England have made the right call by recalling Adil Rashid. The interests of the national team are the most important thing – and Rashid can help defeat India.
The T20 and One Day International series, predictably, produced some thrilling cricket with both bat and ball. It provided the perfect prelude to the main event and what should now be an epic five-match Test series. India took T20 glory and England bounced back to continue their fine 50-over winning streak.
However, captains Joe Root and Virat Kohli know the next month and a half – from Edgbaston on 1st August to The Oval on 7th September – is where the success of their side’s summer will be judged. For Root, he needs Rashid to give him the best possible chance of a long overdue Test series victory.
Root and his country are still hurting from the misery of the winter tours and defeats in Australia and New Zealand. A draw at home to Pakistan only frustrated further. They are under pressure to come out on top in the coming weeks. That is a mightily difficult task against a side with such talents as Kohli himself – the world’s best – plus Ravichandran Ashwin, Ravindra Jadeja and Ajinkya Rahane.
Therefore they need their best XI. And, right now, Rashid should be in that side as his country’s leading spinner.
The leg-spinner’s call up by national selector Ed Smith into England’s 13-man squad this week has caused controversy, owing to Rashid’s own decision in February to give up red-ball cricket for his county Yorkshire to concentrate on the limited overs formats. At the time, it was perceived much of this was down to his frustration at a lack of regular Test opportunities for England.
Rashid has since further staked his claim as one of the stars of Eoin Morgan’s ODI side as England build towards a home World Cup next year, for which they will start as favourites. Rashid was outstanding against India and produced what has been described as the new ‘ball of the century’ to become the first leg-spinner ever to clean bowl Kohli (it took 200 ODI and 112 Test innings).
That form led to whispers he should be recalled to the Test line-up. His fellow Yorkshireman Jonny Bairstow admitted the Kohli ball was far from a surprise to him, having seen Rashid produce it regularly in training. He, too, advocated Rashid’s Test return.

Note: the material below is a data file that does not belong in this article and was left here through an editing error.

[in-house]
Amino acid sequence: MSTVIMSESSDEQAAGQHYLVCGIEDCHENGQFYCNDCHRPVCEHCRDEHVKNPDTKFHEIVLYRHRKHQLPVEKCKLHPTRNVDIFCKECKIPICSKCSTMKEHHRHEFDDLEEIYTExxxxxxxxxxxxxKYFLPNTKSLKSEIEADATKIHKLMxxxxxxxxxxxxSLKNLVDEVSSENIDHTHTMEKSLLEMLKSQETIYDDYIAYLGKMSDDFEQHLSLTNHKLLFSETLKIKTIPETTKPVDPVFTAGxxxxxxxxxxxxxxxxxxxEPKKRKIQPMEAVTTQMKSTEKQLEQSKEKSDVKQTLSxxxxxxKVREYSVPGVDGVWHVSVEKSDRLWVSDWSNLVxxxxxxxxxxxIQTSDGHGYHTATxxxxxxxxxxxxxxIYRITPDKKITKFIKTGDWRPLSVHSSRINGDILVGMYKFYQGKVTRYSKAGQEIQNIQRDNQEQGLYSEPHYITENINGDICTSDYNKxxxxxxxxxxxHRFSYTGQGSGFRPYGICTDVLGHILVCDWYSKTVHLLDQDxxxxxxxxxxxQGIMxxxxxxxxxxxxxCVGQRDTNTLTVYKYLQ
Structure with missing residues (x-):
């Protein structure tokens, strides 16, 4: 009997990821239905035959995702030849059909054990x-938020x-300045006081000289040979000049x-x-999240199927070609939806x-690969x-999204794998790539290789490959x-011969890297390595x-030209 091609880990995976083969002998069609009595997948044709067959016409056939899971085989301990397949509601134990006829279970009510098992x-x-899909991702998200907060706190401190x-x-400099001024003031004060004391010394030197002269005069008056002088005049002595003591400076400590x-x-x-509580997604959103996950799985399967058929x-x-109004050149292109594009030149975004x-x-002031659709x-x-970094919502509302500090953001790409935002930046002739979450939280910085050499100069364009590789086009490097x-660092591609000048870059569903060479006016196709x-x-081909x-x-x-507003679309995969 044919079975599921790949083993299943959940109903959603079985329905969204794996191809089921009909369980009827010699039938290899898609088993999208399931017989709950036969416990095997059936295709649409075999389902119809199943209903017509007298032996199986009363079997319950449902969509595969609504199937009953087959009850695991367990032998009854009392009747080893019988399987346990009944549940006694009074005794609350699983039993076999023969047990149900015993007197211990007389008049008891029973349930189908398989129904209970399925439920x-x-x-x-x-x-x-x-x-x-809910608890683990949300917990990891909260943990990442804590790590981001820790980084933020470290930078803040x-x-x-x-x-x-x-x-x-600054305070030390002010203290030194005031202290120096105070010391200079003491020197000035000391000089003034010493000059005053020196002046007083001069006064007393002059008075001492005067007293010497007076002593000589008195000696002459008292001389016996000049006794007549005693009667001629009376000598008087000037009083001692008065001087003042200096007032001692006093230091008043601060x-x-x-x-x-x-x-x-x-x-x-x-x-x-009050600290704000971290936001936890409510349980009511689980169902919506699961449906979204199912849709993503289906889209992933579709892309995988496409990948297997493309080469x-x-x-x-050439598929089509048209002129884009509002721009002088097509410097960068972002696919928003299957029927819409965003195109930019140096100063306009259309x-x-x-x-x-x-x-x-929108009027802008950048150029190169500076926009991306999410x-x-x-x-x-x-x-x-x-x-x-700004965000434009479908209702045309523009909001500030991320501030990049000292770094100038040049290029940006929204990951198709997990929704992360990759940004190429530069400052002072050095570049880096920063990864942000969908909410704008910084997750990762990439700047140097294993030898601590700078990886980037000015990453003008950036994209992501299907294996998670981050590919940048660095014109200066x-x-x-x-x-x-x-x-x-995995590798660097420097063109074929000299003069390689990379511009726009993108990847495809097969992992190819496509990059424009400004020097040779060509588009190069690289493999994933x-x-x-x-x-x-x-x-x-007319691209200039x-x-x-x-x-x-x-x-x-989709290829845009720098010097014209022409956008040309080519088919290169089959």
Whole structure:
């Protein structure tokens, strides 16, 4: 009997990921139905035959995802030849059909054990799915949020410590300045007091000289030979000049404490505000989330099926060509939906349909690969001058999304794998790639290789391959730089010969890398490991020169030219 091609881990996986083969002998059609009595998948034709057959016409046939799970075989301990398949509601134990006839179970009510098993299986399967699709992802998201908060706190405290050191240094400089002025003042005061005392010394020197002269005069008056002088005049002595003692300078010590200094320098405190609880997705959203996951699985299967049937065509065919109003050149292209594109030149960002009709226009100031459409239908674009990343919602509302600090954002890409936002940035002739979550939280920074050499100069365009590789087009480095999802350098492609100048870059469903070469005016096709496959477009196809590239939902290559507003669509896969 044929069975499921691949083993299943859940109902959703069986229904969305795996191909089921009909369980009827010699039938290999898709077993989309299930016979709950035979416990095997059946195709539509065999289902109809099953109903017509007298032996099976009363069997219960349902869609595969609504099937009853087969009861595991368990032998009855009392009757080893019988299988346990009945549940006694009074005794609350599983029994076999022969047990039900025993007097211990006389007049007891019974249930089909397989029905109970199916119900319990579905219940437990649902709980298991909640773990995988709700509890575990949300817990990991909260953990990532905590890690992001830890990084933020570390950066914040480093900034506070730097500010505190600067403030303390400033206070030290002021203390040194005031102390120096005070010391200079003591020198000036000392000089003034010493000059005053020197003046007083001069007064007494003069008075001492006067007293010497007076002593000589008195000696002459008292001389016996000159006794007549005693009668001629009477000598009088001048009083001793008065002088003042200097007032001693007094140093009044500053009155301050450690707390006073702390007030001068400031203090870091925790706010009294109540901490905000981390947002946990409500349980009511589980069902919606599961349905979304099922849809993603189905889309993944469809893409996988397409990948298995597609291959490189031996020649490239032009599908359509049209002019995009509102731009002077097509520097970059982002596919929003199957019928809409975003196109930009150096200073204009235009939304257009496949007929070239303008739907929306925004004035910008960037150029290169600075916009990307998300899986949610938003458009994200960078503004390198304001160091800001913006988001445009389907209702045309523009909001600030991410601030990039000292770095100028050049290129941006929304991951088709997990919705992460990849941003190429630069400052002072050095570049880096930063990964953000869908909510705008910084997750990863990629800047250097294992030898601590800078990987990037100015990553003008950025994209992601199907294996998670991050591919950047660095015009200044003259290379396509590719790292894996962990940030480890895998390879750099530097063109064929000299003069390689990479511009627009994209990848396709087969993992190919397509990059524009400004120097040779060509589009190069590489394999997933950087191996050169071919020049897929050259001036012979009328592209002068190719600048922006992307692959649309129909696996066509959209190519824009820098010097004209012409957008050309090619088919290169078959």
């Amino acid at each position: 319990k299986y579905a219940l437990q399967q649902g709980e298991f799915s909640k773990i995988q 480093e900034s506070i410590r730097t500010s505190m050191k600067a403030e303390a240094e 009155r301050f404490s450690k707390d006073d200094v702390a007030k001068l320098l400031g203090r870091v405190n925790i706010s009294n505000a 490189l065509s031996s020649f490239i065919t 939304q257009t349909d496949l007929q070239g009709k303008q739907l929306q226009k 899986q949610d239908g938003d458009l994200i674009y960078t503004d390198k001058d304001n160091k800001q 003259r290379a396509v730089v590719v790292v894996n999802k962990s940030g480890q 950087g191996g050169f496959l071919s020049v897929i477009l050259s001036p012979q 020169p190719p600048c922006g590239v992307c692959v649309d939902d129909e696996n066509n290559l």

Critics say that it sets a dangerous precedent, given Rashid appeared to give up on the longer format of the game. And, certainly, those busting a gut in the County Championship for an England chance will feel hard done by. However, Smith, Root and the fellow selectors have to do all they can to give themselves a chance of victory – and Rashid could prove crucial to that.
Any chink in Kohli’s armour must be exploited. The look on his face as his wickets were dismantled was priceless. Surely, mentally, he will be playing to avoid such a fate should he come up against Rashid at Edgbaston?
The heatwave being experienced across the country will produce drier pitches than usual. They will be far more suited to the Indian players than they would normally expect on an England tour. Given England will need to take 20 wickets to win a match, against a top-heavy batting line-up, they will require their spinners to be in the game. Rashid is the best spinner in the country. England must pick the best players.
There is an argument that Rashid should have made himself available for the four-day Roses match between Lancashire and Yorkshire last week to prove his intent to return properly. However, his contract may have prevented that – and regardless, why give India more of a chance to look at working him out?
England will need to take risks to regularly take 20 wickets over five matches against a side so used to playing spin and so adept at building totals. Rashid’s ability to spin it both ways and the mystery he carries will bring far more than young Dom Bess or an undercooked Jack Leach – the two previous first picks – can at this stage of their careers.
Rashid will be fired up, too. And there is the argument he was previously under-used at Test level – this would be his home debut in the format, remarkably for a 30-year-old long-considered to be of some promise – as well as being jettisoned somewhat prematurely. He will come back with a point to prove.
Rashid’s recall is for the good of his country. He stepped out of the Test firing line to do just that in respect of being at his best for the World Cup. But now he is willing to grasp the chance to return Root’s men to winning ways. Certainly, the thousands who will sell out venues across the country in the coming weeks are desperate for that. And with the prices they pay, they deserve it too.
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